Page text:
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Olmert Big 'Bad Hit' on Google


Enter the words "miserable failure" on Google and Prime Minister Ehud Olmert comes up as a big winner, just behind President George W. Bush. When the words are written in Hebrew the Prime Minister is the winner hands down, the target of a 'Google bomb" by Internet users. Readers are greeted with Prime Minister's biography when his name comes up.

Gingrich: Israel Faces Nuclear Holocaust


The Israeli people are facing the threat of a nuclear Holocaust, former Speaker of the House of Representatives Newt Gingrich warned the Herzliya Conference held by the Institute for Policy and Strategy at IDC Herzliya on Tuesday.

Meanwhile, he said, the United States could lose a few million people or a number of cities to a terrorist attack with weapons of mass destruction. Gingrich, who addressed the conference via satellite from the United States, said he thought Israel's existence was under threat again for the first time in 40 years.

"Israel is in the greatest danger it has been in since 1967. Prior to '67, many wondered if Israel would survive. After '67, Israel seemed military dominant, despite the '73 war. I would say we are (now) back to question of survival," Gingrich said.

He added that the United States could "lose two or three cities to nuclear weapons, or more than a million to biological weapons." Gingrich added that in such a scenario, "freedom as we know it will disappear, and we will become a much grimmer, much more militarized, dictatorial society."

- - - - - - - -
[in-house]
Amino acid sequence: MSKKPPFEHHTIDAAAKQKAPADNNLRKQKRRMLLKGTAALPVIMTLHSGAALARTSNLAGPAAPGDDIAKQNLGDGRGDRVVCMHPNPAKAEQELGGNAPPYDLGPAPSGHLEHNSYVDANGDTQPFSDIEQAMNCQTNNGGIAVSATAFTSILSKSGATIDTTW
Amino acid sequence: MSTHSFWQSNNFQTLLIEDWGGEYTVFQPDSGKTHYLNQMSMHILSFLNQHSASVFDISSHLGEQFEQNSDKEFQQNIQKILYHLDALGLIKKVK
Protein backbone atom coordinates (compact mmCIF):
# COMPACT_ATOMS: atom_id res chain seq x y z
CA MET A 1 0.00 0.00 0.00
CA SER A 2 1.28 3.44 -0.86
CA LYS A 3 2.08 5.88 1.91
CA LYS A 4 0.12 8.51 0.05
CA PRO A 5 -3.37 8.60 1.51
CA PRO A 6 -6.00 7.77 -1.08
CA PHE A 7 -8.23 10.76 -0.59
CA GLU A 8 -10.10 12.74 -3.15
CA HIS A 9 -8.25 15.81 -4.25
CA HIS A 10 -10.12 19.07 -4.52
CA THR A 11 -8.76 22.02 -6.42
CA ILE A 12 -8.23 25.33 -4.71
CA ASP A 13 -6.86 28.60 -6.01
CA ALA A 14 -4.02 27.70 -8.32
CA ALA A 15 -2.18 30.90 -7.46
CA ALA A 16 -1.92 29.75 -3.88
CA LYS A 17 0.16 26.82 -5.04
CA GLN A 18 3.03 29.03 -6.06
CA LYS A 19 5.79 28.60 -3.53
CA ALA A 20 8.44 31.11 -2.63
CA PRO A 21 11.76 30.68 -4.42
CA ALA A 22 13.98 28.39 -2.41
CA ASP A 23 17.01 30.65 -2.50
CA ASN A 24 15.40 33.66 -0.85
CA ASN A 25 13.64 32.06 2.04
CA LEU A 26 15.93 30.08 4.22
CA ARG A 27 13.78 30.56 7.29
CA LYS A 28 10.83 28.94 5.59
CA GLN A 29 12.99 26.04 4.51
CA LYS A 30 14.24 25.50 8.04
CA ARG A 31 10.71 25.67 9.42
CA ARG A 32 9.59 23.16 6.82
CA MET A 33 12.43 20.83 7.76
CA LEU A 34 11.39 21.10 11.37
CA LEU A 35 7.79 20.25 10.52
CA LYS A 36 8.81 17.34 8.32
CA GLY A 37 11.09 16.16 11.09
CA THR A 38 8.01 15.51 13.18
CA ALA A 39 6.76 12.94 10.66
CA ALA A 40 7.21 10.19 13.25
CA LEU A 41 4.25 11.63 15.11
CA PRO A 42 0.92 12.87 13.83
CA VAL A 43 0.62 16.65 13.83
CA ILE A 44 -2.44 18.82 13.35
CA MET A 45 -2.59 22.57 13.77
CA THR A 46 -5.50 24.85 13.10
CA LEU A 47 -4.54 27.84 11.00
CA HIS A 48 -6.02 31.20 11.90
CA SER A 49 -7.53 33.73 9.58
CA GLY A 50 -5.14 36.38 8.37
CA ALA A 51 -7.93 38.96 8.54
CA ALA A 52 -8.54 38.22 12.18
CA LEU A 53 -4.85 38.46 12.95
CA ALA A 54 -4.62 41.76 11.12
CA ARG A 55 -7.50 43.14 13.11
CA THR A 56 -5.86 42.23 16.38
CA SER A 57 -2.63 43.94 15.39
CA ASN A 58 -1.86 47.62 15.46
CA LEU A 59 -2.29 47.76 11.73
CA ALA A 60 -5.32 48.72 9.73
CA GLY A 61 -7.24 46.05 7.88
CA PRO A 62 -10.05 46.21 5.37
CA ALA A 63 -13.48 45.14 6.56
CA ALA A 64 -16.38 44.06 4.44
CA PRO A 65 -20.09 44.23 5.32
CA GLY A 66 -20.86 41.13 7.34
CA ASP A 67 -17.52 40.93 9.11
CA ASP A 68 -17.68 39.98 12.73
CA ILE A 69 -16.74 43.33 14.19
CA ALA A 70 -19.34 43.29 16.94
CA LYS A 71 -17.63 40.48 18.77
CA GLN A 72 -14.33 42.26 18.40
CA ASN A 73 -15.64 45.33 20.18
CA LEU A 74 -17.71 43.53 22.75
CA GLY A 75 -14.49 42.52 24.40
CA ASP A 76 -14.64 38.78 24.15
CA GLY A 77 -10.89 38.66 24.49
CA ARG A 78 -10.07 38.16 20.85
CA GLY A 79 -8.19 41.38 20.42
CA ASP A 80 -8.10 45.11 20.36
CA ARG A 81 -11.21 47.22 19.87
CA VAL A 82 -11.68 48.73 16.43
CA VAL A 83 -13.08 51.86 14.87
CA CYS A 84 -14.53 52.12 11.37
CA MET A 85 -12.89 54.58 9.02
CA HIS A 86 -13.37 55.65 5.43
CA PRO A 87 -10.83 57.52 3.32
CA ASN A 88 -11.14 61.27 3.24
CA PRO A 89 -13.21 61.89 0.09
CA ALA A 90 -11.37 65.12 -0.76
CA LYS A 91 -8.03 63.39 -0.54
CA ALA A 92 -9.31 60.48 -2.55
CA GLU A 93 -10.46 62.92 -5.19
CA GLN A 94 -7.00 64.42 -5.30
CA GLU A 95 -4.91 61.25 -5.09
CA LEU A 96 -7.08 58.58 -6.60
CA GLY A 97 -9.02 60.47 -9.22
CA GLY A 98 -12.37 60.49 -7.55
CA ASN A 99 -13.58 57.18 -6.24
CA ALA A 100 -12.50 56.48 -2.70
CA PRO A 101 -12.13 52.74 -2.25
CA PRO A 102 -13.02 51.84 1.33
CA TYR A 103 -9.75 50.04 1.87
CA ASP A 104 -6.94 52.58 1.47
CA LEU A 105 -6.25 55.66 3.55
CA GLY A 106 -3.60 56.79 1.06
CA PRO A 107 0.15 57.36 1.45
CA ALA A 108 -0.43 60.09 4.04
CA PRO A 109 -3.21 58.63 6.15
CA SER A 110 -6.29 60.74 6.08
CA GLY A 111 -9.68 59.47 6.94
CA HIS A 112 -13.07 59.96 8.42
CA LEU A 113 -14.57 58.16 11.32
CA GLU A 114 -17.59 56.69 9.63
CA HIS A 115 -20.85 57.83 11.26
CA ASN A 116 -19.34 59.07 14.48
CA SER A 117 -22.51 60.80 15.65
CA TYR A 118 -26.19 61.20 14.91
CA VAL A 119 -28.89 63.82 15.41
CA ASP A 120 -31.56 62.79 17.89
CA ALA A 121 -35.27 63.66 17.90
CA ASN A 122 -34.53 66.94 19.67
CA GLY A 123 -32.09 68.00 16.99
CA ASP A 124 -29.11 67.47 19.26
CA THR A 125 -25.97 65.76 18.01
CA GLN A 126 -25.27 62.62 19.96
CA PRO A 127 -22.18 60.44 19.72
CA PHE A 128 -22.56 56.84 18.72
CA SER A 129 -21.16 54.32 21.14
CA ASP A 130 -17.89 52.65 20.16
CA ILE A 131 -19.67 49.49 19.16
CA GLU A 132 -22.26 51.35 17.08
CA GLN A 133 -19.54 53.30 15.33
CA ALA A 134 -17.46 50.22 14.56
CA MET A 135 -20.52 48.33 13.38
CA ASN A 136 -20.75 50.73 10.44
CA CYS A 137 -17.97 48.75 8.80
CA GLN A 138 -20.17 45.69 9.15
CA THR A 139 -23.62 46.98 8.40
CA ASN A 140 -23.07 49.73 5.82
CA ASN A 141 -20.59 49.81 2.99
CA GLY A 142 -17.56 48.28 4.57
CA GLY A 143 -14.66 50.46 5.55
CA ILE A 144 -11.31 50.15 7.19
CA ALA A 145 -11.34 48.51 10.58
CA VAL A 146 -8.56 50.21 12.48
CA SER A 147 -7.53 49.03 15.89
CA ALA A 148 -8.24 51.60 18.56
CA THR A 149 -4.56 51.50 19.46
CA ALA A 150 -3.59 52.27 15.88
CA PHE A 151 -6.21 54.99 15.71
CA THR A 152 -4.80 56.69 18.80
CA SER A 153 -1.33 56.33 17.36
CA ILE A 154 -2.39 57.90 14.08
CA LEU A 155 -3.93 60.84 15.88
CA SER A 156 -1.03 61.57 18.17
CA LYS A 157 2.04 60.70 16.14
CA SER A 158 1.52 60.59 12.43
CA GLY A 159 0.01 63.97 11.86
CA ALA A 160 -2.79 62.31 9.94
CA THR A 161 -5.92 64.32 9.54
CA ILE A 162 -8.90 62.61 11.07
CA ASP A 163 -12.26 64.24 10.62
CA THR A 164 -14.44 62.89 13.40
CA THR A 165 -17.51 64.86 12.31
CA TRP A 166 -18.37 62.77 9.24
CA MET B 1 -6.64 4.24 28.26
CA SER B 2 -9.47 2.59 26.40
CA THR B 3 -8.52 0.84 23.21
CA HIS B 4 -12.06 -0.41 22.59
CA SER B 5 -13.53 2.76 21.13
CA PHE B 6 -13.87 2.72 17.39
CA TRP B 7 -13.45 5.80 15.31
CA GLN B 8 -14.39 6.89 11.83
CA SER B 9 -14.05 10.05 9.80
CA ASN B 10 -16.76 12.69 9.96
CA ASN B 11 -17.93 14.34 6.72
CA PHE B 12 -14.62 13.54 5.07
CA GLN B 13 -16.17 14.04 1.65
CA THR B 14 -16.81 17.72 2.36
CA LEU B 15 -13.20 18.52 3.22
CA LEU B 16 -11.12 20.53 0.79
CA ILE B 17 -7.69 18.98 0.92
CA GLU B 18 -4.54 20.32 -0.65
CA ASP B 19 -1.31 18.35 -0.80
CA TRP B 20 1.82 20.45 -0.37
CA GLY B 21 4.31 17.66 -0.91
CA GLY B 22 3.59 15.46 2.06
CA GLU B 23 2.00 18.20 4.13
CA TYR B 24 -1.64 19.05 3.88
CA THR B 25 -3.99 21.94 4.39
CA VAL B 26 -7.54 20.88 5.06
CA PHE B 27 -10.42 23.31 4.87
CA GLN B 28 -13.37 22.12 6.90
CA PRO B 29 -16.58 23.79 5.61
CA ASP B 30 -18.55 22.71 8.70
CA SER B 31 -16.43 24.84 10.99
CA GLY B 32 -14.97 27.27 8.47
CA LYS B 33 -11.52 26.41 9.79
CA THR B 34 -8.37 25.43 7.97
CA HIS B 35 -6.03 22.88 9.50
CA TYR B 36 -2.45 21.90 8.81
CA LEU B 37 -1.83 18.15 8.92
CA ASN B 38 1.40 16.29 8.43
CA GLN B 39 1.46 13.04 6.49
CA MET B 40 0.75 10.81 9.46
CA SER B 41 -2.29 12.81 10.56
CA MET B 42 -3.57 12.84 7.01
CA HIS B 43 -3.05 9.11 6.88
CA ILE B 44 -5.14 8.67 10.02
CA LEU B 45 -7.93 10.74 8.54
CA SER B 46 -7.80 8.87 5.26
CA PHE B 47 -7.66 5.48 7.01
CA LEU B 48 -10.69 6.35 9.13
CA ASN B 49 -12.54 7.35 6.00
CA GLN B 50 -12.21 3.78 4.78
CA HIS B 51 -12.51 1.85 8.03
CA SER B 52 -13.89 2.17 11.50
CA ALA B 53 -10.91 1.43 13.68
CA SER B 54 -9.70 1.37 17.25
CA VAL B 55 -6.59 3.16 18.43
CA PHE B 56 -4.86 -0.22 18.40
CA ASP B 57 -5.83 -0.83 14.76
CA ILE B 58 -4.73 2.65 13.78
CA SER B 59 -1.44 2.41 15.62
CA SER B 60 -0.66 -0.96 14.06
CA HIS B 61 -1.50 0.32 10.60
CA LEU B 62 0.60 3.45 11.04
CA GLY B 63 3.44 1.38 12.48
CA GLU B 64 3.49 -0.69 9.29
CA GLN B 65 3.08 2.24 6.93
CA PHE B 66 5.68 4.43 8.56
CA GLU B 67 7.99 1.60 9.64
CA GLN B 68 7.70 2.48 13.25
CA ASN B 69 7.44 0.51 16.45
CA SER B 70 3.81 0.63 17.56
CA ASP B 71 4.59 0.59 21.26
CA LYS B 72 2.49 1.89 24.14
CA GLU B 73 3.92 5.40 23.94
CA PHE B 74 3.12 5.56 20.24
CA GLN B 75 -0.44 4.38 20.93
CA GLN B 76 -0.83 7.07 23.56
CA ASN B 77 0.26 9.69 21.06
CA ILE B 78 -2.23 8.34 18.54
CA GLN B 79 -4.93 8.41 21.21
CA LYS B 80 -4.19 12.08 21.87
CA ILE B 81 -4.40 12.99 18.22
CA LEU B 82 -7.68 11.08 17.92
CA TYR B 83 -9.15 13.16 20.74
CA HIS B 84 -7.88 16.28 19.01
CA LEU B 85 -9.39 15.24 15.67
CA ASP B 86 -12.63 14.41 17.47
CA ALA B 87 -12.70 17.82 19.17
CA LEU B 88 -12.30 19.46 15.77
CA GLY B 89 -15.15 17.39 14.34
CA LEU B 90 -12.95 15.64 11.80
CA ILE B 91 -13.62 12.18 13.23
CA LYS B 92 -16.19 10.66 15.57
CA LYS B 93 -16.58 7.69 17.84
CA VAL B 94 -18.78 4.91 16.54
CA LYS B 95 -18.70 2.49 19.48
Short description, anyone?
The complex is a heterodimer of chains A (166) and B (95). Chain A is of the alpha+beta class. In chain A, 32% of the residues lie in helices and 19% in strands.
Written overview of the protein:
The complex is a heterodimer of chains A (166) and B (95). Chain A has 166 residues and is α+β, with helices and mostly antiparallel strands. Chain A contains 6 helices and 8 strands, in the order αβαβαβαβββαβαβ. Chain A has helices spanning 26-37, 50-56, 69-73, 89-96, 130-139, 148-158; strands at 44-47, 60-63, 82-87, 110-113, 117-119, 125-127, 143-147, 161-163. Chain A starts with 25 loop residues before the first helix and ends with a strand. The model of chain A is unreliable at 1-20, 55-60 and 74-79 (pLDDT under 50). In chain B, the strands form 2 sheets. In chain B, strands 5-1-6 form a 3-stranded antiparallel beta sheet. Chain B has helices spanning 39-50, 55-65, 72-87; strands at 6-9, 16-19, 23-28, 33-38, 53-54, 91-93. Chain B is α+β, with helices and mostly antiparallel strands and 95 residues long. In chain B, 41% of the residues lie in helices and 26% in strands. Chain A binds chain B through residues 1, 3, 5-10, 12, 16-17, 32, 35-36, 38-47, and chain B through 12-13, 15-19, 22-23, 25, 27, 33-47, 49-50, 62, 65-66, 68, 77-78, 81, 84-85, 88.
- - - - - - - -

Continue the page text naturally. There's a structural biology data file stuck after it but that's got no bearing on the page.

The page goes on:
"Three nuclear weapons are a second Holocaust," Gingrich declared, adding: "People are greatly underestimating how dangerous the world is becoming. I'll repeat it; three nuclear weapons are a second Holocaust. Our enemies are quite explicit in their desire to destroy us. They say it publicly? We are sleepwalking through this process as though it's only a problem of communication."

The former House speaker expressed concern that the Israeli and American political establishments were not fully equipped to take stock of the current threat level. "Our enemies are fully as determined as Nazi Germany, and more determined that the Soviets. Our enemies will kill us the first chance they get. There is no rational ability to deny that fact. It's very clear that the problems are larger and more immediate than the political systems in Israel or the US are currently capable of dealing with," said Gingrich.

"We don't have right language, goals, structure, or operating speed, to defeat our enemies. My hope is that being this candid and direct, I could open a dialogue that will force people to come to grips with how serious this is, how real it is, how much we are threatened. If that fails, at least we will be intellectually prepared for the correct results once we have lost one or more cities," Gingrich added.

He also said "citizens who do not wake up every morning and think about the possible catastrophic civilian casualties are deluding themselves. If we knew that tomorrow morning we would lose Haifa, Tel Aviv and Jerusalem, what we would to stop it? If we knew we would tomorrow lose Boston, San Francisco, or Atlanta, what would we do? Today, those threats are probably one, two, five years away? Although you can't be certain when our enemies will break out," he warned.